Creating a Hoosier Self-Portrait

Creating a Hoosier Self-Portrait

The Federal Writers' Project in Indiana, 1935-1942
George T. Blakey
Distribution: World
Publication date: 3/28/2005
Format: cloth 280 pages, 10 b&w photos, 1 bibliog., 1 index
6.125 x 9.25
ISBN: 978-0-253-34569-1
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From 1935 to 1942, the Indiana office of the Federal Writers’ Program hired unemployed writers as “field workers” to create a portrait in words of the land, the people, and the culture of the Hoosier state. This book tells the story of the project and its valuable legacy. Beginning work under the guidance of Ross Lockridge, whose son would later burst onto the American literary scene with his novel Raintree County, the group would eventually produce Indiana: A Guide to the Hoosier State, Hoosier Tall Stories, and other publications. Though many projects were never brought to completion, the Program’s work remains a useful and rarely tapped storehouse of information on the history and culture of the state.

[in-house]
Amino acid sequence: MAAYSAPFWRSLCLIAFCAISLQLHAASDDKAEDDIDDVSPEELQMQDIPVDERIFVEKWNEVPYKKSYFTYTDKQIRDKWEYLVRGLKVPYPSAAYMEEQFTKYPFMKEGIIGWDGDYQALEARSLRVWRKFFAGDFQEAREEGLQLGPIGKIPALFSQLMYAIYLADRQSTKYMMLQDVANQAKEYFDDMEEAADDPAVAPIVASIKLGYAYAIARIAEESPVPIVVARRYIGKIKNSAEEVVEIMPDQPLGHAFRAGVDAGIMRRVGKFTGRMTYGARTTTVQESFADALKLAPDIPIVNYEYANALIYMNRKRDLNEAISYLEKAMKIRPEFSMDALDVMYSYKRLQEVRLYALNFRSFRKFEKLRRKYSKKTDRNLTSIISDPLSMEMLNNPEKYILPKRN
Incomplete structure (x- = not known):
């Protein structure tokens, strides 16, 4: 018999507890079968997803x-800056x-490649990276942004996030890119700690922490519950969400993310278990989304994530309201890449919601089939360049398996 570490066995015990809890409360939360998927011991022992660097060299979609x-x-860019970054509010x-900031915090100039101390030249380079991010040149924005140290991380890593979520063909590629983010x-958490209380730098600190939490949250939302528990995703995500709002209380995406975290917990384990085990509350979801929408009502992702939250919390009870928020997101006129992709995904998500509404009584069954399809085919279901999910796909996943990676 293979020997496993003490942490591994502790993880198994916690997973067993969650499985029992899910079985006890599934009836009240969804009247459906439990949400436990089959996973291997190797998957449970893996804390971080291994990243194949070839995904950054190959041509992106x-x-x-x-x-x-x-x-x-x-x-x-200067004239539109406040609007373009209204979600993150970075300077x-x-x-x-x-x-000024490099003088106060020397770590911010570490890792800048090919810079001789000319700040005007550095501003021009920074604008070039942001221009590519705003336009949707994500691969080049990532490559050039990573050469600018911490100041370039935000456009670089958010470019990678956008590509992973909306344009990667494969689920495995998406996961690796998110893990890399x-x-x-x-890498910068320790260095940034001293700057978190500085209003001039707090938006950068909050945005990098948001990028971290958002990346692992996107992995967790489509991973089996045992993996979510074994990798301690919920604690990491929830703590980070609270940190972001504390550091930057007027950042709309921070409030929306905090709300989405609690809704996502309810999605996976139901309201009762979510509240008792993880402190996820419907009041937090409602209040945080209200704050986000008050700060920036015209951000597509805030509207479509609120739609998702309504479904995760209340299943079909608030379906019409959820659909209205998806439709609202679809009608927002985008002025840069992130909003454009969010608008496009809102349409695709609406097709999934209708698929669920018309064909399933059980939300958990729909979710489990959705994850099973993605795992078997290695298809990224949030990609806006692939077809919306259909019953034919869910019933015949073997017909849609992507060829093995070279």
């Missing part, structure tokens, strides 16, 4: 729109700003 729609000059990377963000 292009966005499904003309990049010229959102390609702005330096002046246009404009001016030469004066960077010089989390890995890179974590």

Author Bio

George T. Blakey is Professor (emeritus) of American and Indiana History at Indiana University East.


"An important history of the Indiana state Federal Writers' Project . . . straightforward . . . persuasive . . . impassioned. This is an important social history of Depression-era Indiana and a guide for future research." —Choice

"Blakey asserts that 'ambivalence about unemployment and relief work isunderstandable for the FWP (Federal Writers’ Project) employees, but there need be neither silence nor shame about their legacy' (p. 212). This reviewer enthusiastically agrees." —net

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Table of Contents

1. The National Context
2. The Hoosier Situation
3. The Indiana Guide
4. Other Publications
5. Oral History
6. Almost Finished Projects
7. Incomplete Projects
8. Research Inventories
9. Conclusions and Legacy
Illustrations follow page 000